Master's Degree

Requirements

The department does not have a thesis option (Plan A) for the MA, and most students will select Plan B. An exceptional student may be admitted to Plan C at the discretion of the graduate chair. Plan C does not require a specific number of credit hours, but Plan C students are required to pass an oral examination in addition to the written master's exam.

Doctoral Degree

Requirements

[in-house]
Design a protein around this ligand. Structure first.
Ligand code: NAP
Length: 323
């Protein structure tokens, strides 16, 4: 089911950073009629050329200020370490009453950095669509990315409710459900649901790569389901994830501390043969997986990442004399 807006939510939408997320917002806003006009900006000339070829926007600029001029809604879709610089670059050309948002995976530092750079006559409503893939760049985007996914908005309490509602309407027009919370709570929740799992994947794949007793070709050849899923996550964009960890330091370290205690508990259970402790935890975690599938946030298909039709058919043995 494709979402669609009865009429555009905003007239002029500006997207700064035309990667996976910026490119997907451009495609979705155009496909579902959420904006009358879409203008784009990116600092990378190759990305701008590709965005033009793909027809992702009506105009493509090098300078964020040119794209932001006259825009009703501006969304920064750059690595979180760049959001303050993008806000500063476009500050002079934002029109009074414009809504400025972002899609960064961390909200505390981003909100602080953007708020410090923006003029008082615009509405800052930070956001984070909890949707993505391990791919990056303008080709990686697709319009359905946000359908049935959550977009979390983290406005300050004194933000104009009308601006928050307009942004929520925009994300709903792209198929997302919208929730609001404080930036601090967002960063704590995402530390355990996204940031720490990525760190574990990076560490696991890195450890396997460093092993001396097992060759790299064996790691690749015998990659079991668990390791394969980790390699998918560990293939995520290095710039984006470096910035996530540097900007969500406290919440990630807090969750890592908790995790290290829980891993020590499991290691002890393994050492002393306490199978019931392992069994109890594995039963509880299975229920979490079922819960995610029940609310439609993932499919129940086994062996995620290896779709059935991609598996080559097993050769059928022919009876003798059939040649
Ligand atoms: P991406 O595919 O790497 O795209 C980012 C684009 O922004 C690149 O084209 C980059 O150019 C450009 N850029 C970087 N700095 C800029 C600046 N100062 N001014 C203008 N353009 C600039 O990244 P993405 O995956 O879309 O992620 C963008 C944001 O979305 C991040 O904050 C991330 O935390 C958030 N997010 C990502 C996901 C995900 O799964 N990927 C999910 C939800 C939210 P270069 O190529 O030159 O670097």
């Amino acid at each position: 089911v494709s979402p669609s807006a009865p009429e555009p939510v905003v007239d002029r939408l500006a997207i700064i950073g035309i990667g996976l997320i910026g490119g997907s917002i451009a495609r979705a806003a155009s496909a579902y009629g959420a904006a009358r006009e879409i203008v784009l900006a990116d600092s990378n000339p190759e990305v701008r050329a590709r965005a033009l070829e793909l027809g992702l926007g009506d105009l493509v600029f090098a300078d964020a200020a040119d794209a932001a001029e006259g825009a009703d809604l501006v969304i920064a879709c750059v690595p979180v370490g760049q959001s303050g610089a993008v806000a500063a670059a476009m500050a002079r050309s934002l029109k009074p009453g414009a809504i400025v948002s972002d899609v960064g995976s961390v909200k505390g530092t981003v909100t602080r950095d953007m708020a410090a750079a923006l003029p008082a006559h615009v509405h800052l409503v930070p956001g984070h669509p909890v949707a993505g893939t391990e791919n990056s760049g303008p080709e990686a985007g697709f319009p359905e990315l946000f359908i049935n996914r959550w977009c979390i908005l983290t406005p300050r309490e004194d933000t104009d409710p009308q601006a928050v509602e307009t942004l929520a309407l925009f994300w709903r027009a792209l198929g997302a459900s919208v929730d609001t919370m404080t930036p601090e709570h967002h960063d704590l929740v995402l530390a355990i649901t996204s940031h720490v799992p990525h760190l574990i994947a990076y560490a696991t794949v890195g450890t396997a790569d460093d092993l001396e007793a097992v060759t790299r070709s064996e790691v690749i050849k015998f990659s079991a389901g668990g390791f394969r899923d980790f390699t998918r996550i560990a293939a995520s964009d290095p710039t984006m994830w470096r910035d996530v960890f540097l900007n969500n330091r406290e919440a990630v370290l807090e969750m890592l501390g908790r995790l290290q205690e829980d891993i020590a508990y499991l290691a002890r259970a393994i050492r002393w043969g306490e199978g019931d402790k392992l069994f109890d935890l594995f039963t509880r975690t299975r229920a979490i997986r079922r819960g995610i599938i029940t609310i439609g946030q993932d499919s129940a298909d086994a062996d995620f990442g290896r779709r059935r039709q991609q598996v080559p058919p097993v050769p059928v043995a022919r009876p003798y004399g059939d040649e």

For the PhD degree, the department requires that the student show proficiency in two of the following languages: French, German, Russian, or a computer language. Teaching experience is required of all PhD students. To be admitted to PhD candidacy, the student must satisfy the language requirements and pass three written examinations: (a) linear algebra and abstract algebra; (b) real analysis and the basic facts of complex analysis and general topology; and (c) a third field chosen by the student with the approval of the graduate chair. All new students in the PhD program shall complete a minimum of five mathematics department courses numbered between 600 and 690, other than 611, 612, 621, 631, 632, 644, 645, 649. These five courses may be taken under the CR/NC option. Exceptions: Up to two 3-credit 649 (alpha) seminars (meeting three hours/week) may be substituted for (up to) two of these required five courses, with the written approval of the graduate chair. Also, with the written approval of the graduate chair, credit may be given for equivalent courses taken in another mathematics department or for graduate-level courses taken in another department that are recommended by the student's thesis adviser and directly related to the dissertation topic; such credit for graduate courses taken in another department is limited to a total of no more than two courses.